I’m feeling very hopeless at the moment. I don’t know how else to put it.
I can’t stop thinking about the mass shooting that took place at Pulse, a gay club in Orlando.
I know it might seem strange. After all, I’m South African. But I can’t get my mind away from it. I keep finding myself with tears in my eyes when I think of all the people who were murdered in a place that was supposed to be a safe place for them.
I suppose that part of it is because it this is the manifestation of some of my deepest fears. I am openly gay, and I’ve dealt with my fair share of homophobia. Ever since I was little I’ve had to deal with teasing and rejection. Some of them called me “moffie” to my face, others did it behind my back; but I always knew.
Despite the taunting, I’ve never been assaulted for being gay. But I am well aware of the possibility. We all are. Whenever I know that I’m going to a place where the potential exists for me to be harassed, I try to “tone down”. I wear less jewellery, and avoid painting my nails or wearing very bright colours. I don’t care how loud and proud you are, hearing someone call you a faggot for wearing a pink T-shirt in line at an ATM is a degrading experience.
But more than the words, there is always a fear – the fear that I too will become a victim. These things happen all the time, but usually it doesn’t cause a big enough uproar to reach the news.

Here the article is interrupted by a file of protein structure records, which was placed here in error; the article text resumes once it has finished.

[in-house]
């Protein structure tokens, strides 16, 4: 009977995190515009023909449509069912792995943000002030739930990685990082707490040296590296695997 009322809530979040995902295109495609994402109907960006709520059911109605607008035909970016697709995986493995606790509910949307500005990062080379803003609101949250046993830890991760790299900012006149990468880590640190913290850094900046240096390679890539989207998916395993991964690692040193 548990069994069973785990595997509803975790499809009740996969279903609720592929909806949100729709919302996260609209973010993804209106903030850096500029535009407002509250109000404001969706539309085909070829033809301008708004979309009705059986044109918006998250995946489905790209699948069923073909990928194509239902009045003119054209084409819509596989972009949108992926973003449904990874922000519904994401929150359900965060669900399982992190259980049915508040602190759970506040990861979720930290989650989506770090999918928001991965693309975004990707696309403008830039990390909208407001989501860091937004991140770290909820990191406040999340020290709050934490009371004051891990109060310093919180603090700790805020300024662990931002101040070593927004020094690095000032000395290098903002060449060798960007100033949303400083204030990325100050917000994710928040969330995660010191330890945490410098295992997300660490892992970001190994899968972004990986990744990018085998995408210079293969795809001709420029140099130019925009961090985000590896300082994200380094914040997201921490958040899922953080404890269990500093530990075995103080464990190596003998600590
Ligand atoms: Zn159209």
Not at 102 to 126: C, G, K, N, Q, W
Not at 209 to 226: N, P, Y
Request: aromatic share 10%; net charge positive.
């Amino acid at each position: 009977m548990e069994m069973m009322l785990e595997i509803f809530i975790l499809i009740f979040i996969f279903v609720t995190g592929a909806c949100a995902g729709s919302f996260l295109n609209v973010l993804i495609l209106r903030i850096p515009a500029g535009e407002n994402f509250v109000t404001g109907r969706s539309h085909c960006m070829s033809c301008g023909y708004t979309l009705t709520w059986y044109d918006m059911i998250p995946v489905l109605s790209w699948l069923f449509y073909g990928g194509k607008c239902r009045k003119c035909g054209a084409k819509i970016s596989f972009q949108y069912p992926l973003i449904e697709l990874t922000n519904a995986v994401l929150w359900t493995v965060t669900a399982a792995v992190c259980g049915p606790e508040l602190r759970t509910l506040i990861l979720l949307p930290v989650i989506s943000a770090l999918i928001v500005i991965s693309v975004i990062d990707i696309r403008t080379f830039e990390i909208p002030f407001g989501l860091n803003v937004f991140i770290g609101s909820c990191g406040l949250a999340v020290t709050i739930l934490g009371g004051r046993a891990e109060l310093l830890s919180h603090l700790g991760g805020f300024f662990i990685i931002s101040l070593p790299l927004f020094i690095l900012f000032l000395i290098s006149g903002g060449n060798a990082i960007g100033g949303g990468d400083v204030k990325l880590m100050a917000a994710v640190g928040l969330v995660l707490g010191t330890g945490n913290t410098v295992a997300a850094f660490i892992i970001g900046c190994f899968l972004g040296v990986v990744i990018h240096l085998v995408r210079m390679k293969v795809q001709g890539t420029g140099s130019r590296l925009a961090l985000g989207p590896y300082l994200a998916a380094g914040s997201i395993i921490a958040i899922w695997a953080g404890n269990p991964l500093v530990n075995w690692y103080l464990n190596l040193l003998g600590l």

The worst part is that many people have applauded this massacre. Some have called it “God’s work”. Looking at the various hate comments… I wish that I could say they shock me, but they don’t. To be gay is to be hated by many.
I never really use to feel the need to have gay friends, but I understand it now. When I said on Facebook that I didn’t feel like there was much to be positive about, a straight homophobe from my college days commented that there is always something to be positive about and blah, blah, blah…
At first I got really angry. I wanted to tell him to go to hell. But then I thought about it. He doesn’t understand. He doesn’t know what it feels like to know from a very young age that you are not welcome. He doesn’t know what it feels like to live with so much fear and self-loathing. Wishing you could change. Knowing that you can’t
This was the same guy who said that Freddie Mercury got what he was asking for when he died from AIDS.
I simply deleted the comment.
But now I understand. I understand why the gay community needs to stick together. I understand why we need to listen to I Will Survive and Born This Way and plaster rainbows all over the place. No one understands our struggles the way we do. I find myself reaching out to gay strangers on social media because they get it.
It hurts so much.
South Africa doesn’t have the same camaraderie between the LGBT community that America seems to have. And for the first time I find myself truly yearning for it. I’m alone in a way that other people don’t understand.
I read a tweet on Twitter the other day that said that we need to remember that the gay motto was always to have as much fun as possible while we still can. And it’s true. Behind all the silliness and laughter of Ru Paul and Panti Bliss is a very serious undertone. We are hated. Hunted, even.
And we don’t know how much time we have left until it’s our turn.